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This Dad's Heartbreaking Realization That His Son With Autism Has No Friends

When Bob Cornelius went to his youngest son's back-to-school night, he stopped to admire their projects displayed on the wall. He spotted his little boy's assignment and hurriedly snapped a proud photo of the completed questionnaire.

However, when Bob took a second look at the image later that night, he realized something heartbreaking. Along with filling out his favorite food and sport, Christopher matter-of-factly answered who some of his friends are: "No one."

"Never have five letters cut so deep, and they weren't even directed at me . . . it was just an overly simplistic statement that spoke volumes," Bob wrote on Facebook. "And I don't have a solution. I don't have an answer. The reality is that I have to rely on the compassion of others to be incredibly understanding in order just to sit next to him, attempt to engage him, and make him feel included."

While Bob has realized that his 11-year-old doesn't have many friends, especially when his lack of pals is starkly contrasted with his older brothers' numerous sleepovers, Bob didn't know that Christopher understood this difference. While he doesn't blame his son's classmates for leaving him out, he is still devastated by the fact that his son doesn't have a friend and has never had a friend, and he is absolutely aware of this divide.

"And it's not their fault . . . that's the saddest part. They were clearly not taught to embrace and accept the differences of others. Not by their teachers, which would have been nice, had they thought to do so, but by their parents. I don't mean to imply that parents that don't have this conversation with their kids are bad people, but only that somewhere in between working, soccer practice, and homework, it never occurred to them to have this particular conversation. I'm sure that if Christopher were typical (that's the word we use instead of 'normal'… ), I would not have had this conversation with him either."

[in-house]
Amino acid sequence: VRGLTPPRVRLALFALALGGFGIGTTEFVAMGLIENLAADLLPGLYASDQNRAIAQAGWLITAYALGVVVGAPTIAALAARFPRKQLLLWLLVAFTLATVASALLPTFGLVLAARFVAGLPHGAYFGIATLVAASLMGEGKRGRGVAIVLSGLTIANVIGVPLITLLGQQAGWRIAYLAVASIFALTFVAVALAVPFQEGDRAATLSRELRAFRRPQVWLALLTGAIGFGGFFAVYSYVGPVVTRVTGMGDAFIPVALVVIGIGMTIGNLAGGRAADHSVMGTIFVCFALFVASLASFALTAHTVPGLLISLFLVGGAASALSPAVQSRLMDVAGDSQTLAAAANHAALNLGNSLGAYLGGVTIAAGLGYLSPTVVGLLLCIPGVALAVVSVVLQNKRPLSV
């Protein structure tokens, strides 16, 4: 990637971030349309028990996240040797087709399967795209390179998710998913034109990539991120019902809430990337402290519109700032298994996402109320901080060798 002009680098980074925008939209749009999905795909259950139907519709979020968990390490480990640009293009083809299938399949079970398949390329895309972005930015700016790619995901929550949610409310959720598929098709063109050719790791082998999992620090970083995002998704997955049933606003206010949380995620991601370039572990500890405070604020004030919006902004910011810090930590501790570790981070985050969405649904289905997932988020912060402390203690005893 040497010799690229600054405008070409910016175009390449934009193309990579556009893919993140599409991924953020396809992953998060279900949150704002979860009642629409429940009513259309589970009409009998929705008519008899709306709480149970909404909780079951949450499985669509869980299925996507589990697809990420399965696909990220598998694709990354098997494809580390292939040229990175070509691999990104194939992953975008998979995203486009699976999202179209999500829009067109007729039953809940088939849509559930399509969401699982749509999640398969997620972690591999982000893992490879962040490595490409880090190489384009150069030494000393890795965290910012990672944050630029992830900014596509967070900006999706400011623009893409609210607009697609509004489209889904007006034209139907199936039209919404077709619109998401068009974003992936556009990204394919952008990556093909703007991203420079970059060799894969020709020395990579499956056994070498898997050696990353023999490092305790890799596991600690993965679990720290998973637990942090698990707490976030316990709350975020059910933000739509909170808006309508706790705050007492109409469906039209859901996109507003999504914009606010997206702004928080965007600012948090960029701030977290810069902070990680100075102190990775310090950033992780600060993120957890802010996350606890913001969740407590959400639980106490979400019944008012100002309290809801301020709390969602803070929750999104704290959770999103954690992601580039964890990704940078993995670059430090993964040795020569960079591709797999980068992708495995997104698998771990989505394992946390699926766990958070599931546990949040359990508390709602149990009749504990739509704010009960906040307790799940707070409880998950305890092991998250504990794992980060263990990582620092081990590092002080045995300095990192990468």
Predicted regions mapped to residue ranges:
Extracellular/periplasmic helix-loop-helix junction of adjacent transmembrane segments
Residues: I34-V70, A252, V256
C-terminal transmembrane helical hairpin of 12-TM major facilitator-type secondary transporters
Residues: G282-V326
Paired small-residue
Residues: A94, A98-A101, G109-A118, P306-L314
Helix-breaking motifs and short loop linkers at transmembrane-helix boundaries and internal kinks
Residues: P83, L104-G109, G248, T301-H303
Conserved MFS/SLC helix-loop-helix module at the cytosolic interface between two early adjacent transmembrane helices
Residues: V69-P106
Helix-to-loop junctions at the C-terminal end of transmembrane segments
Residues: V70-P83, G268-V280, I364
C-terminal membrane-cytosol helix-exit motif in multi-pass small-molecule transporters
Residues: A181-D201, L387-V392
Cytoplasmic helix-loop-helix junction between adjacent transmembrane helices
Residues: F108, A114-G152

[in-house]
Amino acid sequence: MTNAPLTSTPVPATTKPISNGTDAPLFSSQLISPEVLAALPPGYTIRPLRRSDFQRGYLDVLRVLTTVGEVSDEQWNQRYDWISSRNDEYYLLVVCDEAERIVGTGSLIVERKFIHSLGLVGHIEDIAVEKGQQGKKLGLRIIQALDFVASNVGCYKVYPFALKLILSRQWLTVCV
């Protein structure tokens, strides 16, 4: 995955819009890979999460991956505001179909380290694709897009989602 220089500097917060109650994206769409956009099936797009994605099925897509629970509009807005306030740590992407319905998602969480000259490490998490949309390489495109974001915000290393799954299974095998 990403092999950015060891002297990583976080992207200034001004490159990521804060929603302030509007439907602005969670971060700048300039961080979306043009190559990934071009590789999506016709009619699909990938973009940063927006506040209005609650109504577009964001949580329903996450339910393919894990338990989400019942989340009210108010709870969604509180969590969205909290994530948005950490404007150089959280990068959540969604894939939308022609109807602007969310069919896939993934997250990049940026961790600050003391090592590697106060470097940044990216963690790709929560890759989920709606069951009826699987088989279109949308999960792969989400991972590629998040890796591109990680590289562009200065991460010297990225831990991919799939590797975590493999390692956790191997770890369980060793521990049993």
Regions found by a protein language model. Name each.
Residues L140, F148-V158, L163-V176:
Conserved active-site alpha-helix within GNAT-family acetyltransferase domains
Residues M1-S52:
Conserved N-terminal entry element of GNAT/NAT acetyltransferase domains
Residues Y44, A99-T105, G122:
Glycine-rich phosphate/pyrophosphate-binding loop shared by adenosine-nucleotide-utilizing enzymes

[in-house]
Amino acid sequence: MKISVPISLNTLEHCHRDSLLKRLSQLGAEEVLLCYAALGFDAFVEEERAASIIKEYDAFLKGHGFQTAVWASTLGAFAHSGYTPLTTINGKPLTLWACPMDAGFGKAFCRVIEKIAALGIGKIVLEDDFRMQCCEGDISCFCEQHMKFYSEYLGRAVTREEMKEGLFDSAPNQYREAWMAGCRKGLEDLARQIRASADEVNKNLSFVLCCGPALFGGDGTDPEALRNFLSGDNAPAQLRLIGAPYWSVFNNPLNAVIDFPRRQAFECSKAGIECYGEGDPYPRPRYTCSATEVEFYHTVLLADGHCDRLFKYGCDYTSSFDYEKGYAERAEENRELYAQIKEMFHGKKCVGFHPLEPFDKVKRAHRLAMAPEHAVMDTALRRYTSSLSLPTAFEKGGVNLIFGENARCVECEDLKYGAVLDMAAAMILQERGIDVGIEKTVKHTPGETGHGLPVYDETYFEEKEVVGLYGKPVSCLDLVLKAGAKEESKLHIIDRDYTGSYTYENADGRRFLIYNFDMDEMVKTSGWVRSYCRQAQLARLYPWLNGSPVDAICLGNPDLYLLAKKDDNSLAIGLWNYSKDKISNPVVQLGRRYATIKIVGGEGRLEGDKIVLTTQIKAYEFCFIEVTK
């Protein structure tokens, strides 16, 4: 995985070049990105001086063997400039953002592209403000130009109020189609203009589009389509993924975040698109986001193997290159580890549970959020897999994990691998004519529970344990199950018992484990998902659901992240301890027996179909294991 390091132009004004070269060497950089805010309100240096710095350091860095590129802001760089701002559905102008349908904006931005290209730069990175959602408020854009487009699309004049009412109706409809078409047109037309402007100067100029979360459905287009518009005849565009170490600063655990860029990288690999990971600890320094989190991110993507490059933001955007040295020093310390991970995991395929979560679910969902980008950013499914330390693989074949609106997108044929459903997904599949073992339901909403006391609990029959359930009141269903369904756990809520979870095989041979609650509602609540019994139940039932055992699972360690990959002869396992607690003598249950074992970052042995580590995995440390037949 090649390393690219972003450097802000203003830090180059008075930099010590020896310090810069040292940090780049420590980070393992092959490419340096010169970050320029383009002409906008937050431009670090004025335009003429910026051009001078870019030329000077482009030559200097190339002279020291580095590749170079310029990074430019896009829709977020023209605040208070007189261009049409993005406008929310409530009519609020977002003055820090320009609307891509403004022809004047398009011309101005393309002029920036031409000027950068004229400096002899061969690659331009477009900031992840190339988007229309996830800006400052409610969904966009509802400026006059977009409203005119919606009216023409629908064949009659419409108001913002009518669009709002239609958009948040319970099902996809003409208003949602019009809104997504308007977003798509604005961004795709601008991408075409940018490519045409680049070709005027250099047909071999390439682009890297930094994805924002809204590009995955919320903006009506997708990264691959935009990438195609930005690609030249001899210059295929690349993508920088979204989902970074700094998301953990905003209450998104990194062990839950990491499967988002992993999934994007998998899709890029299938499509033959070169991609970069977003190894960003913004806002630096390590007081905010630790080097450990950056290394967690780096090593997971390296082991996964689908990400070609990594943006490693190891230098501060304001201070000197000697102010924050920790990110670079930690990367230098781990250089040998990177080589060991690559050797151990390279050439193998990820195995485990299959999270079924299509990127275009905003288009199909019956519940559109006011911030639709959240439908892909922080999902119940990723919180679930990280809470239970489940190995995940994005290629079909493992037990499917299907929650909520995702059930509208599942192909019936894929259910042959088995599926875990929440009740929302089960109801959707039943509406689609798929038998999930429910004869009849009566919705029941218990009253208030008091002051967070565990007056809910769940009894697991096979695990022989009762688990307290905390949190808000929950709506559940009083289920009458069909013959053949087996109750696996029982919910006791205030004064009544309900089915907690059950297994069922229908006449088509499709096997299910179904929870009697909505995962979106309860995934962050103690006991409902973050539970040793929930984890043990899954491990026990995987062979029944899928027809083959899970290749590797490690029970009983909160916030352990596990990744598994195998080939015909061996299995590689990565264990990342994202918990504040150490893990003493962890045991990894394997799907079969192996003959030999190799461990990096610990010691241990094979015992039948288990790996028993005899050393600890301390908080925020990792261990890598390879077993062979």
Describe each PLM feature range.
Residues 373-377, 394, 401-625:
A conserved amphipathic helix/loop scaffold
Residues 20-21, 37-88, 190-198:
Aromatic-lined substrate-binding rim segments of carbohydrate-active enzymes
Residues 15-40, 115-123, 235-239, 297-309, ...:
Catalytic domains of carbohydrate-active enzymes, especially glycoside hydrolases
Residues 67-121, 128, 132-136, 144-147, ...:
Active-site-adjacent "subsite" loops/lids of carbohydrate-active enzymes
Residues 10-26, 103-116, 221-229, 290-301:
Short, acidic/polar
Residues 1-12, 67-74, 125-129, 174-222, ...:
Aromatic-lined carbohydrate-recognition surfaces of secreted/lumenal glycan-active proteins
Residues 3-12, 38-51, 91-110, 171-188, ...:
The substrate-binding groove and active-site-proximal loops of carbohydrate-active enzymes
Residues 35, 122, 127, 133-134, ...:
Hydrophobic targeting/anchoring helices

It's now clear to Christopher's dad that even if he can't say it, he desperately wants to be included, and while this little boy works to find his voice, his dad has one important request for all parents: have a conversation with your kids.

"Please tell them that children with special needs understand far more than we give them credit for. They notice when others exclude them. They notice when they are teased behind their back (a lot of times 'behind their back' is right in front of them because they think the 'different' child doesn't understand). But mostly they are very much in tune when they are treated differently from everyone else. Trust me when I tell you this hurts them. Even if it's not obvious to you and me."

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